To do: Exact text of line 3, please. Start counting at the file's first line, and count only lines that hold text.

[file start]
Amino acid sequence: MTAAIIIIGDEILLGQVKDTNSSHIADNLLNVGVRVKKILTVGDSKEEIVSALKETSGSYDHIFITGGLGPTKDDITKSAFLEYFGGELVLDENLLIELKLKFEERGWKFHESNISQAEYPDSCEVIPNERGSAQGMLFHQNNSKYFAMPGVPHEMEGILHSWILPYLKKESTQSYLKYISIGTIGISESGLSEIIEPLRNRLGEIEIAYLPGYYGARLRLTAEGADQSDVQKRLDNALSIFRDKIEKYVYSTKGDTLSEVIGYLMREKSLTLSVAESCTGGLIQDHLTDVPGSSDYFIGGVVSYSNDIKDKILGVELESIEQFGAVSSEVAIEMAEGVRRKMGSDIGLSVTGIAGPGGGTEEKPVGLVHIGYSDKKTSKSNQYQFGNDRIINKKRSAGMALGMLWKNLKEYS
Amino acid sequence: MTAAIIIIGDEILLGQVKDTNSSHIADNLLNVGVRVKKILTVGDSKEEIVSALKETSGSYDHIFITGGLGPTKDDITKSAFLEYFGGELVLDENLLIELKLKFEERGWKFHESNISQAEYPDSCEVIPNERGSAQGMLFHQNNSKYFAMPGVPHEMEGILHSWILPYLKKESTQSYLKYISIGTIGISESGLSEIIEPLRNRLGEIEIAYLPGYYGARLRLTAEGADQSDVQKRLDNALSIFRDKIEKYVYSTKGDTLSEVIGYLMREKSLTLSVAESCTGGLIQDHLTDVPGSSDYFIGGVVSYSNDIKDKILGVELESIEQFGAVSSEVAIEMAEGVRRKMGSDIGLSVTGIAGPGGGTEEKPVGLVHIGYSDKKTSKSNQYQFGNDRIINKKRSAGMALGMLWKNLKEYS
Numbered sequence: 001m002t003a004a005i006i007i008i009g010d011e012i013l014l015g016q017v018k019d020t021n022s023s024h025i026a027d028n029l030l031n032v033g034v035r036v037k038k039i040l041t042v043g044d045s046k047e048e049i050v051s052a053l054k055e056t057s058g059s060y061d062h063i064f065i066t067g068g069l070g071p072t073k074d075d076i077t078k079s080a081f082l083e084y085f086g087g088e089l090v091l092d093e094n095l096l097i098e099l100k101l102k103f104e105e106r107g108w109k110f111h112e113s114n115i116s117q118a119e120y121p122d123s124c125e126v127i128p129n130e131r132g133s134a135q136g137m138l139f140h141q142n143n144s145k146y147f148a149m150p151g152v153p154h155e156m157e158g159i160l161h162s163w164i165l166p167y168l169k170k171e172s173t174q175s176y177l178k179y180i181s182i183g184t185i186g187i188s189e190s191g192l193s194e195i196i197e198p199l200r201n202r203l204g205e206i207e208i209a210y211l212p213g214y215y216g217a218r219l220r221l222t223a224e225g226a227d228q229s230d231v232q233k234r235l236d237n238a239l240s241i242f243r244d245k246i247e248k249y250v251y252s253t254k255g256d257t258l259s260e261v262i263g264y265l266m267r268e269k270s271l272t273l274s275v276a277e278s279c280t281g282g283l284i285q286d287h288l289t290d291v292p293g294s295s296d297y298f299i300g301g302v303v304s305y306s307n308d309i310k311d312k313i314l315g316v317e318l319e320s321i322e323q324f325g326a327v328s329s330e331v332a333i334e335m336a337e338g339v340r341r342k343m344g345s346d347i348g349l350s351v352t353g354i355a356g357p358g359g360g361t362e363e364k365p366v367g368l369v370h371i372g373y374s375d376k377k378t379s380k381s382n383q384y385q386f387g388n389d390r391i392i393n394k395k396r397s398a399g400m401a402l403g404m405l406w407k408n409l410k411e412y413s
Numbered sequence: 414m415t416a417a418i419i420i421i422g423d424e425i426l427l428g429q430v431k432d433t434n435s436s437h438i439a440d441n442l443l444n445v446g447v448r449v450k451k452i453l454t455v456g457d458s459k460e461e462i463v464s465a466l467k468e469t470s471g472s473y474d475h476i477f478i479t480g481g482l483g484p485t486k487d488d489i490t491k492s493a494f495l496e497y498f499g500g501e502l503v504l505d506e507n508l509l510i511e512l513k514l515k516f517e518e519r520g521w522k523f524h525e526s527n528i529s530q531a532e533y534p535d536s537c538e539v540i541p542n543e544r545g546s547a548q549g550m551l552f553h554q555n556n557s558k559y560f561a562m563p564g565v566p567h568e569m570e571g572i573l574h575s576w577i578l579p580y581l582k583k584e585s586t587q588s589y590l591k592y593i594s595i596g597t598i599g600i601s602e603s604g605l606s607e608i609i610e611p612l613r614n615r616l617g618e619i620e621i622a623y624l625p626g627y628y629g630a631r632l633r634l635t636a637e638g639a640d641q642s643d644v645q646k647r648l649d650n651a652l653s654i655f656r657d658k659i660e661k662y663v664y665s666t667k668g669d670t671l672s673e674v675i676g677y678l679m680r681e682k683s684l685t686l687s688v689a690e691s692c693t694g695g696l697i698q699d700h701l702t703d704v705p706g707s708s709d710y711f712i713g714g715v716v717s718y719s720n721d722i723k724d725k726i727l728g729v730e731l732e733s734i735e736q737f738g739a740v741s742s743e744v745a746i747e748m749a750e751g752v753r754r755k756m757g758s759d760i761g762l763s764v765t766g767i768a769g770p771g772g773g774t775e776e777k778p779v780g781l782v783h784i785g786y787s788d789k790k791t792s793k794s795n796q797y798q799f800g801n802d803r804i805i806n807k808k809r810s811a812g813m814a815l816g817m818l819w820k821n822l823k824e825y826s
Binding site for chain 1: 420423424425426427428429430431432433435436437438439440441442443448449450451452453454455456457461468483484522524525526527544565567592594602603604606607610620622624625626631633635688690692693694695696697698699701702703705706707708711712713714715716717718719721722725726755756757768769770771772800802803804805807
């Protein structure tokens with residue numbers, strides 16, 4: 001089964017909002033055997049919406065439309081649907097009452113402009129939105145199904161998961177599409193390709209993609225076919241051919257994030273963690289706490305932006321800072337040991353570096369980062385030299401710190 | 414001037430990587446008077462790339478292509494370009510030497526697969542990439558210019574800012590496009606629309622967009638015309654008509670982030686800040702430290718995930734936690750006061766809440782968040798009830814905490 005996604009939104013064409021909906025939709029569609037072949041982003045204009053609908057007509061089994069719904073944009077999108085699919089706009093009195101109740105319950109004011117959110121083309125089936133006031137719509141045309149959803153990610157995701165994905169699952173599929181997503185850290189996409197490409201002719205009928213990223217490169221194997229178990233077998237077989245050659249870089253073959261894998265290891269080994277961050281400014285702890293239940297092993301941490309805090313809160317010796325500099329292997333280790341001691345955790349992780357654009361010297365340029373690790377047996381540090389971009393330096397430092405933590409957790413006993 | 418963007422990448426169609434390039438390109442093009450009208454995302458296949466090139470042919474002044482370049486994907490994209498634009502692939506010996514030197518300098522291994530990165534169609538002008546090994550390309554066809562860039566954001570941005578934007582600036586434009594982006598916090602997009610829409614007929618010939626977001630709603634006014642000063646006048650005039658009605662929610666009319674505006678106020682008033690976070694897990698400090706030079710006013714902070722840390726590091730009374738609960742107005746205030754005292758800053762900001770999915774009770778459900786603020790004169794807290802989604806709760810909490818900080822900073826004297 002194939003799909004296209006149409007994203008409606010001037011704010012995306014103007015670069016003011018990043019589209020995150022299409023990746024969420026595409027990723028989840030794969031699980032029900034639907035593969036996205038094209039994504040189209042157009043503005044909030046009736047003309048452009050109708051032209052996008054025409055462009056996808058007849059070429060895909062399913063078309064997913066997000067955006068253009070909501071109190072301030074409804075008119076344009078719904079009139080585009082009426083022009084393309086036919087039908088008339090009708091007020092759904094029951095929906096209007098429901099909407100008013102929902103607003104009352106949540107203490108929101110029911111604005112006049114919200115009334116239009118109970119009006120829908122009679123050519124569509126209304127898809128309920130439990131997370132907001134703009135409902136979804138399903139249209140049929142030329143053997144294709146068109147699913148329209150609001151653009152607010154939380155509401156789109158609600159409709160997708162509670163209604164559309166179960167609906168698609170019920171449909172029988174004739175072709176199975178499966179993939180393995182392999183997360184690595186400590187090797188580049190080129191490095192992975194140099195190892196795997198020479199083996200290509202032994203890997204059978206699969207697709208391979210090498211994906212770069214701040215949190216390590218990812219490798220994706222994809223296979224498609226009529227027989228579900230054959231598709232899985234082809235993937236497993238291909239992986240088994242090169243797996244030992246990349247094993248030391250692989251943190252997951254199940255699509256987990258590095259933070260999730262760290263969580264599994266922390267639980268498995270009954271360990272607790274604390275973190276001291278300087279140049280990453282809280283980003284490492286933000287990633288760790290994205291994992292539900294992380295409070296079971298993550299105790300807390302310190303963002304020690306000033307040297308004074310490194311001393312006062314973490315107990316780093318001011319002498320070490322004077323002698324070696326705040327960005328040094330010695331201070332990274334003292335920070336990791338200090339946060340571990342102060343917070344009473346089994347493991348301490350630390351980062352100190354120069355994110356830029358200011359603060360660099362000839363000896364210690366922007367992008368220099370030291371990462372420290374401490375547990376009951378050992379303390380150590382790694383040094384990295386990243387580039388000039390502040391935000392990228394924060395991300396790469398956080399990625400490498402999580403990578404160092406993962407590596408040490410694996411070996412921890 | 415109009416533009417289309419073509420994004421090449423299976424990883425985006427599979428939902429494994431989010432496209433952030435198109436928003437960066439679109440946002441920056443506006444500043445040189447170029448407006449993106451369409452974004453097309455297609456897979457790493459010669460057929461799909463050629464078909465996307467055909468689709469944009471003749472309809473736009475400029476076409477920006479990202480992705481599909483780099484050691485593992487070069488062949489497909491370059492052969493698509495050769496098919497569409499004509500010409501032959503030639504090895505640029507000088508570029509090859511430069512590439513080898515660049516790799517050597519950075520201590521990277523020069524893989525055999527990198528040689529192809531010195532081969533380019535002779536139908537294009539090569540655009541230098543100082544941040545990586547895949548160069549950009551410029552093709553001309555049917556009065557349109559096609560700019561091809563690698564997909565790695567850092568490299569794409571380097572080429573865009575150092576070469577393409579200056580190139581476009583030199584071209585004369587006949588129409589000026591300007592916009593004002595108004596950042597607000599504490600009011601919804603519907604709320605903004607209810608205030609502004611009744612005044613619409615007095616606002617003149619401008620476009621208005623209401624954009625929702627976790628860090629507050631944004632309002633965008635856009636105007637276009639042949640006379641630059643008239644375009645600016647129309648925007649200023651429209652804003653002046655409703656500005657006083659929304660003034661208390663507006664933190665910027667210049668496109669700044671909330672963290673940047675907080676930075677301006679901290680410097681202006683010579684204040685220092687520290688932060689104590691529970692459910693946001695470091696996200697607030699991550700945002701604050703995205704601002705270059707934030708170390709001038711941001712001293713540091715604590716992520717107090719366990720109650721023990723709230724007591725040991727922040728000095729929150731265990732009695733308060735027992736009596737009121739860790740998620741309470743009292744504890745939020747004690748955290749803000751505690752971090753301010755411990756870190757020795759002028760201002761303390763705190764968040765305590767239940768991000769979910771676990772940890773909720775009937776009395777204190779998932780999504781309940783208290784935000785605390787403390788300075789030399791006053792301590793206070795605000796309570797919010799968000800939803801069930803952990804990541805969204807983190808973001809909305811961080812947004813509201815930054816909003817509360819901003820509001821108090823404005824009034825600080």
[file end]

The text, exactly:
Numbered sequence: 001m002t003a004a005i006i007i008i009g010d011e012i013l014l015g016q017v018k019d020t021n022s023s024h025i026a027d028n029l030l031n032v033g034v035r036v037k038k039i040l041t042v043g044d045s046k047e048e049i050v051s052a053l054k055e056t057s058g059s060y061d062h063i064f065i066t067g068g069l070g071p072t073k074d075d076i077t078k079s080a081f082l083e084y085f086g087g088e089l090v091l092d093e094n095l096l097i098e099l100k101l102k103f104e105e106r107g108w109k110f111h112e113s114n115i116s117q118a119e120y121p122d123s124c125e126v127i128p129n130e131r132g133s134a135q136g137m138l139f140h141q142n143n144s145k146y147f148a149m150p151g152v153p154h155e156m157e158g159i160l161h162s163w164i165l166p167y168l169k170k171e172s173t174q175s176y177l178k179y180i181s182i183g184t185i186g187i188s189e190s191g192l193s194e195i196i197e198p199l200r201n202r203l204g205e206i207e208i209a210y211l212p213g214y215y216g217a218r219l220r221l222t223a224e225g226a227d228q229s230d231v232q233k234r235l236d237n238a239l240s241i242f243r244d245k246i247e248k249y250v251y252s253t254k255g256d257t258l259s260e261v262i263g264y265l266m267r268e269k270s271l272t273l274s275v276a277e278s279c280t281g282g283l284i285q286d287h288l289t290d291v292p293g294s295s296d297y298f299i300g301g302v303v304s305y306s307n308d309i310k311d312k313i314l315g316v317e318l319e320s321i322e323q324f325g326a327v328s329s330e331v332a333i334e335m336a337e338g339v340r341r342k343m344g345s346d347i348g349l350s351v352t353g354i355a356g357p358g359g360g361t362e363e364k365p366v367g368l369v370h371i372g373y374s375d376k377k378t379s380k381s382n383q384y385q386f387g388n389d390r391i392i393n394k395k396r397s398a399g400m401a402l403g404m405l406w407k408n409l410k411e412y413s